Ep 29: 3 Strategies to Boost Your Behavior Management
Behavior Support | March 8, 2020
Deciding on a class-wide behavior management strategy can be tough in general or special education. Some classes can do group contingencies. Some need more individualized options. Plus, you have to find a system that is do-able within the classroom. And one that you can stick with.
So, in this episode, I’m reviewing three behavior management systems that you can use in most, if not all, classes. In our last podcast I talked about what makes a good behavior management system. And I touch on those again in this episode in regards to each of these 3 systems.
Highlights of Episode 29
- Review of the Marble Jar method of group contingencies
- Discussions of an old behavioral favorite, the Good Behavior Game
- An overview of ways that I have used both token systems and token economies as classroom behavior management systems
This is one of my favorites and I’ll discuss it in much more detail on the podcast. I like it for its simplicity. And I also like it because you can use it for lots of different goals. You could use it to promote following the rules, as I discuss in this episode. But you can also use it to promote kindness, for example. In that situation, the teacher would put a marble in the jar for each act of kindness observed in the classroom. And if you are looking for tools for teaching kindness to be able to use this type of strategy, grab the free social stories and kindness resolutions in my store.
Good Behavior Game
I review this much more extensively in the episode. Essentially in this behavior management approach, the class settles on appropriate behaviors they want to see in their classroom. And then they discuss what behaviors would not be among those behaviors–often called fouls. The students are divided into teams and the teacher tracks infractions of each team on the scoreboard. The goal is that the teams win a small prize if they score under a specified number of fouls. And the team with the least fouls wins the competition.
I briefly review some of the research that shows how incredibly effective this strategy can be. There has been research that shows you can switch it to focus on positive behaviors instead of fouls and it is still effective. And most interestingly, there is significant research that this strategy, used 10 to 15 minutes a couple times in a school day with young students results in students demonstrating much fewer antisocial behaviors and fewer issues with drug use, among other things. Embry even refers to it as a potential “behavioral vaccine” that can inoculate students against other more severe behavioral issues later.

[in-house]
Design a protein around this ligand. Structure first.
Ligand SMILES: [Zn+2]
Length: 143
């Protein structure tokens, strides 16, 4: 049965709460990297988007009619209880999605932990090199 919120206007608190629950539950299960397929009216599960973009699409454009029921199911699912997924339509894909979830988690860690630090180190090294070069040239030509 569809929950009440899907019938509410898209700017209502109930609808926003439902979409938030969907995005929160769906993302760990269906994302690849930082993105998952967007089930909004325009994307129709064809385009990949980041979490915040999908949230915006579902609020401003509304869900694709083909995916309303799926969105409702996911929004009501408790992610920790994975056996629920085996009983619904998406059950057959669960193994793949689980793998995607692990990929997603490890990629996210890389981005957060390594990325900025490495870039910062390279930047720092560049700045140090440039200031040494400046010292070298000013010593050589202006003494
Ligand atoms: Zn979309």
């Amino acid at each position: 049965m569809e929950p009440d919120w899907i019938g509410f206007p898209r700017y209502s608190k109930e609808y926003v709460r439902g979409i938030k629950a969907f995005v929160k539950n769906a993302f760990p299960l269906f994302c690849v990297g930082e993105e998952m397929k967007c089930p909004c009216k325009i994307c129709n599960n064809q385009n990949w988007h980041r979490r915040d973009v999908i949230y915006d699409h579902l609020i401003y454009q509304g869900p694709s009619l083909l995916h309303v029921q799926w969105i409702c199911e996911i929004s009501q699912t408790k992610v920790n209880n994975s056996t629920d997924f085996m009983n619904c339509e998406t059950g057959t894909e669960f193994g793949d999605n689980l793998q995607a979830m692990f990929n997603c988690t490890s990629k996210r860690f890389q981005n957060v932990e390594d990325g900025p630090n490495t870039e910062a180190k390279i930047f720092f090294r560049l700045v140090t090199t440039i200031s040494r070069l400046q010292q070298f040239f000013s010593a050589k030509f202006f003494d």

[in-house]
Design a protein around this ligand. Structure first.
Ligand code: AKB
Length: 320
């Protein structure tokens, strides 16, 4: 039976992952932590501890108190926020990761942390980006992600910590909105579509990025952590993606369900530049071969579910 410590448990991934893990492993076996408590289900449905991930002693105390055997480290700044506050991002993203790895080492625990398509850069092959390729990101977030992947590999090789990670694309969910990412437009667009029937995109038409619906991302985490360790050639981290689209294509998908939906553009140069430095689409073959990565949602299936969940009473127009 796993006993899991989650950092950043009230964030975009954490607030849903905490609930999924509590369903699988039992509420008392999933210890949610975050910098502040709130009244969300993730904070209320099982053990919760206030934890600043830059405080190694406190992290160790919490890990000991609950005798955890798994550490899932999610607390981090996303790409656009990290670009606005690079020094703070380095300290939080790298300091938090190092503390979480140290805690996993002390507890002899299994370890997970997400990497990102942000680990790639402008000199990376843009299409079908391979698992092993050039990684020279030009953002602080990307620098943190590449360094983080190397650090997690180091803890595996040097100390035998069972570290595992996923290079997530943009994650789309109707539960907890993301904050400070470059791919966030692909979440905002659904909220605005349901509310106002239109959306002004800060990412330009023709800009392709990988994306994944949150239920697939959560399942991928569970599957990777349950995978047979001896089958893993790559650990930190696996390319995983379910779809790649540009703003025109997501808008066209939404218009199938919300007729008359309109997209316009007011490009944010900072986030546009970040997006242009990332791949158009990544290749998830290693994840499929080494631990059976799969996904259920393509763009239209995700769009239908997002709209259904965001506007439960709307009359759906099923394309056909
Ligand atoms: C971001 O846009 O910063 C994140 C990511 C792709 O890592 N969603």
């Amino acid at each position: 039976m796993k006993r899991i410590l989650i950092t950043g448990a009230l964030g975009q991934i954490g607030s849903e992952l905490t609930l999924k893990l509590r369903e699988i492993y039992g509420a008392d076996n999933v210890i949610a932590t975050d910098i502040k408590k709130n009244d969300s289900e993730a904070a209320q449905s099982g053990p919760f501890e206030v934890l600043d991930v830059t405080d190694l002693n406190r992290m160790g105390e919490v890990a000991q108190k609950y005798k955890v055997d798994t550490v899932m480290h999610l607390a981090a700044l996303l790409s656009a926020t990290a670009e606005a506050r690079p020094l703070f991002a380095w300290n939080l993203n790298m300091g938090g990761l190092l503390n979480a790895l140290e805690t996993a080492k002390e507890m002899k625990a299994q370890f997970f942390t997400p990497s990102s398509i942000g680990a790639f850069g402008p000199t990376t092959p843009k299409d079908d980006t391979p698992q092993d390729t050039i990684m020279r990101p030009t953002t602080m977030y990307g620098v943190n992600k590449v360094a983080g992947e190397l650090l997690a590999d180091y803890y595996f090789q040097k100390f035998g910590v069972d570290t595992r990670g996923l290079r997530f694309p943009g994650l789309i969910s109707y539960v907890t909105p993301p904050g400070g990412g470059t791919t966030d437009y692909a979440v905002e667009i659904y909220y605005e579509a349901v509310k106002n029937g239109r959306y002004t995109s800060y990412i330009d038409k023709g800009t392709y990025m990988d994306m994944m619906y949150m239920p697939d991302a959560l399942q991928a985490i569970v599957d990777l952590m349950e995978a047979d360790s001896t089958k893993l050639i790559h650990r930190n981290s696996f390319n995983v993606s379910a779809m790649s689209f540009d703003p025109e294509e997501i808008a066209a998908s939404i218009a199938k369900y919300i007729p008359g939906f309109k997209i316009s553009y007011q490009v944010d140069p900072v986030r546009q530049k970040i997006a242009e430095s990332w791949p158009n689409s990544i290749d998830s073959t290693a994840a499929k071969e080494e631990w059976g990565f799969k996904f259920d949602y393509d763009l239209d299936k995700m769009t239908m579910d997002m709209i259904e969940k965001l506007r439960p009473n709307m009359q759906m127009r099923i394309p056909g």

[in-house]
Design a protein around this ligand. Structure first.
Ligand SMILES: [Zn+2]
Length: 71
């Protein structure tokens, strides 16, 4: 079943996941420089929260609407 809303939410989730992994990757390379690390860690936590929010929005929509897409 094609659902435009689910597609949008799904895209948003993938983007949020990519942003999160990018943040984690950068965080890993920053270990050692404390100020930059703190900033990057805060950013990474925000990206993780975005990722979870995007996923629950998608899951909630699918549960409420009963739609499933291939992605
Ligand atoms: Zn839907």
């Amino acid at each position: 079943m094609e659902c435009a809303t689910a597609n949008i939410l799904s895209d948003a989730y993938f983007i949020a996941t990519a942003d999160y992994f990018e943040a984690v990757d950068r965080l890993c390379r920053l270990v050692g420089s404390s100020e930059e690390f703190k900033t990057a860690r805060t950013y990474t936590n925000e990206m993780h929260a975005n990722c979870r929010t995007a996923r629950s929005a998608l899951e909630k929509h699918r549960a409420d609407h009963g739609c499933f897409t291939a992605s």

Token Systems or Token Economies
Finally, I review the use of class-wide token systems or token economies. They have the advantage of allowing for individualization by varying the tokens required. They can be used in a wide variety of ways. And the criteria for reinforcement can change for individuals as their behavior changes. I’ve used them with all ages. Below is a picture of a simple token economy store from a preschool classroom.
I also really like the flexibility that token systems provide. If you have students for whom the group contingency might not be reinforcing. Or a student whose behavior is significant enough that they need to earn fewer tokens to get reinforced regularly. You can create something that will work for them.
Listen in above or grab the transcript to read instead. And if you are looking for more ideas for behavior management, including tutorials on token systems for behavior, check out the Special Educator Academy.